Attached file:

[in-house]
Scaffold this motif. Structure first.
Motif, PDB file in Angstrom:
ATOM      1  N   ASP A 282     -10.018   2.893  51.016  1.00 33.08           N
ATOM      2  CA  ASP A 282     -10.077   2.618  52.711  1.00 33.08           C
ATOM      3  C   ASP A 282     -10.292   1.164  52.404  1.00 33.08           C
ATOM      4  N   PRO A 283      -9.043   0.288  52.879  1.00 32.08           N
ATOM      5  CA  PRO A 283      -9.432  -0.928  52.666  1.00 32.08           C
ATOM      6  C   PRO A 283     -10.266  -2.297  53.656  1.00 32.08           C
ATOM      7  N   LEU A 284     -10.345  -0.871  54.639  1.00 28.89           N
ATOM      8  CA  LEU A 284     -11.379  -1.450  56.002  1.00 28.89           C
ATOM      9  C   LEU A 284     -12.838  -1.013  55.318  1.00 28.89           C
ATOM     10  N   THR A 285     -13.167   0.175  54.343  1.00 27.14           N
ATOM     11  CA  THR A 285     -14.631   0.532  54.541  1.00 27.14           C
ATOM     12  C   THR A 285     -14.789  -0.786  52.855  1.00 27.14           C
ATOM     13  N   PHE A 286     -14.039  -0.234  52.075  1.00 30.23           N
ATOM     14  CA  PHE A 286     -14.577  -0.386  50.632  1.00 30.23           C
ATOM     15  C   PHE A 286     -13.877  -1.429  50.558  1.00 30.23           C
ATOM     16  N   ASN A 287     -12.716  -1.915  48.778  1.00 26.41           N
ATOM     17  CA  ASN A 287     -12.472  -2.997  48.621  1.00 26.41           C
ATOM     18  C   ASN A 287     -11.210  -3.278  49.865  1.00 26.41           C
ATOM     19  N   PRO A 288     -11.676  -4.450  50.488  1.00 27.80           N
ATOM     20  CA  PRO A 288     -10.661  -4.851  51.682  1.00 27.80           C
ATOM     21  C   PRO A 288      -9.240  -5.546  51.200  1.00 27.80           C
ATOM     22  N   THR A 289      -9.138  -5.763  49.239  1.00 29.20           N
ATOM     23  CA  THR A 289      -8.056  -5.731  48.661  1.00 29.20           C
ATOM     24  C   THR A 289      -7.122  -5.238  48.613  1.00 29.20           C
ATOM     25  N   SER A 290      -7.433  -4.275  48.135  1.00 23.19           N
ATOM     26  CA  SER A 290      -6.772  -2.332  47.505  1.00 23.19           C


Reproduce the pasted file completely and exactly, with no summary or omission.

[in-house]
Scaffold this motif. Structure first.
Motif, PDB file in Angstrom:
ATOM      1  N   ASP A 282     -10.018   2.893  51.016  1.00 33.08           N
ATOM      2  CA  ASP A 282     -10.077   2.618  52.711  1.00 33.08           C
ATOM      3  C   ASP A 282     -10.292   1.164  52.404  1.00 33.08           C
ATOM      4  N   PRO A 283      -9.043   0.288  52.879  1.00 32.08           N
ATOM      5  CA  PRO A 283      -9.432  -0.928  52.666  1.00 32.08           C
ATOM      6  C   PRO A 283     -10.266  -2.297  53.656  1.00 32.08           C
ATOM      7  N   LEU A 284     -10.345  -0.871  54.639  1.00 28.89           N
ATOM      8  CA  LEU A 284     -11.379  -1.450  56.002  1.00 28.89           C
ATOM      9  C   LEU A 284     -12.838  -1.013  55.318  1.00 28.89           C
ATOM     10  N   THR A 285     -13.167   0.175  54.343  1.00 27.14           N
ATOM     11  CA  THR A 285     -14.631   0.532  54.541  1.00 27.14           C
ATOM     12  C   THR A 285     -14.789  -0.786  52.855  1.00 27.14           C
ATOM     13  N   PHE A 286     -14.039  -0.234  52.075  1.00 30.23           N
ATOM     14  CA  PHE A 286     -14.577  -0.386  50.632  1.00 30.23           C
ATOM     15  C   PHE A 286     -13.877  -1.429  50.558  1.00 30.23           C
ATOM     16  N   ASN A 287     -12.716  -1.915  48.778  1.00 26.41           N
ATOM     17  CA  ASN A 287     -12.472  -2.997  48.621  1.00 26.41           C
ATOM     18  C   ASN A 287     -11.210  -3.278  49.865  1.00 26.41           C
ATOM     19  N   PRO A 288     -11.676  -4.450  50.488  1.00 27.80           N
ATOM     20  CA  PRO A 288     -10.661  -4.851  51.682  1.00 27.80           C
ATOM     21  C   PRO A 288      -9.240  -5.546  51.200  1.00 27.80           C
ATOM     22  N   THR A 289      -9.138  -5.763  49.239  1.00 29.20           N
ATOM     23  CA  THR A 289      -8.056  -5.731  48.661  1.00 29.20           C
ATOM     24  C   THR A 289      -7.122  -5.238  48.613  1.00 29.20           C
ATOM     25  N   SER A 290      -7.433  -4.275  48.135  1.00 23.19           N
ATOM     26  CA  SER A 290      -6.772  -2.332  47.505  1.00 23.19           C